Organic Gift Giving, No Jewelry, and Sherlock Holmes

My wife views all these wishlists as a corrupting influence on the tradition of giving presents. “If you make a list and you don’t get what’s on it, you won’t feel grateful.” Consequently, my wife and her sister don’t make lists. Instead, they make themes (one year, my sister-in-law’s theme was “Purple”) for each other. It’s like organic gift giving.

My parents are very modern, so I was raised in a wishlist family.

I’ve been challenging my wife a lot on her “just be grateful” views. Thankfully, she is really backing herself into a corner on this one.

You see, this year I decided not to get my wife any jewelery for Christmas — or for her January birthday.

Last year, I went way over my budget to buy my wife a pretty substantial chunk of the earth, which she now wears around her neck about once per month. This year, and here’s the beauty part, I’m going to give in to my wife and her sister’s organic giving idea. No lists. Just gratitude and fuzzy happiness.

And no jewelry.

After all, giving is not about receiving material goods.

At least not for my wife.

I love material objects, perhaps because I have very few. You have to admit that it’s fun to guess what’s waiting under the wrapping paper. If nothing else, it’s a pastime that happily takes me back to my childhood. On the other hand, it’s a little irritating when you give people a gift and they say “I had a feeling you’d get me something like this.”

Sure they had a feeling.

So I’m laying it down.

I think my wonderful wife will get me one of the following:

  • Tickets to Iron & Wine
  • Beer of the month membership
  • Kindle
  • Sweaters
  • Gift certificate for personal training at the gym.

I know a lot of people take the rattle & shake approach, but I’ve made my predictions following the advice of Sherlock Holmes. Holmes can look at dirt on a person’s shoe and tell where they’ve been. Although I’m not that sharp, I think that people tend to give presents based on shared experiences, especially if that person has a disdain for lists. So I’ve asked myself how my wife and I spend our time together.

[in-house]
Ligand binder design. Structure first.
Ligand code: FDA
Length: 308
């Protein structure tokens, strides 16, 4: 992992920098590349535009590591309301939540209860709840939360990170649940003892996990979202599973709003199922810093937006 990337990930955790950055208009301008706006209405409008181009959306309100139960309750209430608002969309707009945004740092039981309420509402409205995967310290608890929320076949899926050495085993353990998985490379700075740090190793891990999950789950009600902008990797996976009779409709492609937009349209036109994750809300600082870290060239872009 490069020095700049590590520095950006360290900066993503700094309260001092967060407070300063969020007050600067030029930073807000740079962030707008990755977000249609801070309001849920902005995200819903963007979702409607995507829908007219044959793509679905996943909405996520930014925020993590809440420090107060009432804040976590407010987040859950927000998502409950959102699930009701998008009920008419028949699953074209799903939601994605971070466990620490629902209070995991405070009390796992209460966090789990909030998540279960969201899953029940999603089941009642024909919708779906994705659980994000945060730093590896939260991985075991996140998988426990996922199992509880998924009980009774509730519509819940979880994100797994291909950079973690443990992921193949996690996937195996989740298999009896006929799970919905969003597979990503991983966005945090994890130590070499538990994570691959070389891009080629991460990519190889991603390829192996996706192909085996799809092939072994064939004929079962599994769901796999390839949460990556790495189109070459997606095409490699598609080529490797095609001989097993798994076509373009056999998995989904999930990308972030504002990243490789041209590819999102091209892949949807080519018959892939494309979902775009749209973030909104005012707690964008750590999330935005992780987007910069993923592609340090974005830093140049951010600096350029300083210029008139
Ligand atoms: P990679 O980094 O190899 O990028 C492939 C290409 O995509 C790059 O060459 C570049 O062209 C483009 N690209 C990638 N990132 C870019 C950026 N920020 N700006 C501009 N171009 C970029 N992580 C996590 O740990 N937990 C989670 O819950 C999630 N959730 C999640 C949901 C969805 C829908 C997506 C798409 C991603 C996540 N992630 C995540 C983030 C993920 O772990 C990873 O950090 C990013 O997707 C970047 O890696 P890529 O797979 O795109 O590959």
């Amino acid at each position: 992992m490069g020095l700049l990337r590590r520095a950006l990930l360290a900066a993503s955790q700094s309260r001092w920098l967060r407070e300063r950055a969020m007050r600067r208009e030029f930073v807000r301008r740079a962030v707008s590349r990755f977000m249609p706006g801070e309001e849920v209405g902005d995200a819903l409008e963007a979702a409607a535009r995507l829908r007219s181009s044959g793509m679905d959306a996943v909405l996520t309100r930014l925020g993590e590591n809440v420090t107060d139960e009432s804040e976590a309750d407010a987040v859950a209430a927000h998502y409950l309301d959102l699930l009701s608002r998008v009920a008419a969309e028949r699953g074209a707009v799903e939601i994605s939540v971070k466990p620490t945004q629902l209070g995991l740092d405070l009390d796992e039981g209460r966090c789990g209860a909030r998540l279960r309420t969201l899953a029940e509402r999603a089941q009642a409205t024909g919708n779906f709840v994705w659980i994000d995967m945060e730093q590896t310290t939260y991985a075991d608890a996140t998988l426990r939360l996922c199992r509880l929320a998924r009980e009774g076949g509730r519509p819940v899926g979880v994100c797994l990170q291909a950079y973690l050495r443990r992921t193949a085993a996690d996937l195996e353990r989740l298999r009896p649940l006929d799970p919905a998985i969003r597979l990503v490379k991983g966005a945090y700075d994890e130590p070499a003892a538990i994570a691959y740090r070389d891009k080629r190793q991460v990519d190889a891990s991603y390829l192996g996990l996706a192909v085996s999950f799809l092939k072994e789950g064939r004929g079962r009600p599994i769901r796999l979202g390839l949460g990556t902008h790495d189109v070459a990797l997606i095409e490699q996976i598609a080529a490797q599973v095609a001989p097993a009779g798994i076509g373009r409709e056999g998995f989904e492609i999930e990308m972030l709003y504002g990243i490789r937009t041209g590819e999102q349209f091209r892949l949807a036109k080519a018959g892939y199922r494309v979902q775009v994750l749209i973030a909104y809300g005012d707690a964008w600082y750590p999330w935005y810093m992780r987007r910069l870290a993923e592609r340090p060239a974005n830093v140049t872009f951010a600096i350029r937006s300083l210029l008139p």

Basically, we go out for nachos and chicken wings on a fairly regular basis, which is why we need to go to the gym. When we’re not doing that, we spend a lot of time reading while listening to music.

As for sweaters, well, perhaps I’ve eaten too many nachos.

Try following this method, and let me know what you’re getting for Christmas.


5 Responses to “Organic Gift Giving, No Jewelry, and Sherlock Holmes”

  1. My family does lists, but I always had what I wanted, making lists really tough. I agree with your in that the idea is giving, which often gets lost in the pageantry of Christmas. So, I used to always try to incorporate a bigger idea of giving with the gifts I gave. For instance, One year I bought all my cards and wrapping paper from UNICEF, and made sure that the recipients knew that. I gave them small gifts (usually great family photos in simple frames) in over priced paper, but there were families in 3rd world countries who were receiving a much greater benefit.

    These days, I have my kids create custom wrapping paper with grocery bags and their art work.

    I would suspect you could impress her very much if you bought her a simple, sentimental gift, (like, perhaps a kindle with Bob Dylan book preloaded) wrapped with UNICEF paper, or something of that nature. OR, make a donation to an awesome charity she would support in her honor. If she’s sentimental and over the material stuff, she’ll be really proud of you. Plus, it’s really nice to brag to your friends about worldly thoughtful husbands.

    I love how much thought you put into your relationship. Very cool.

  2. and my computer was working much slower than my typing, so pardon all those typos. Geez! (Sorry, not usually so sloppy…)

    • Hi Mel,
      Thanks for the advice! Actually, I think I have a pretty good theme for her gift, but I’ll keep it to myself. I will share whether or not she likes it, though.

  3. We’ve always been list people, but I like the theme idea. It gives you a lot of wiggle room! Merry Christmas!

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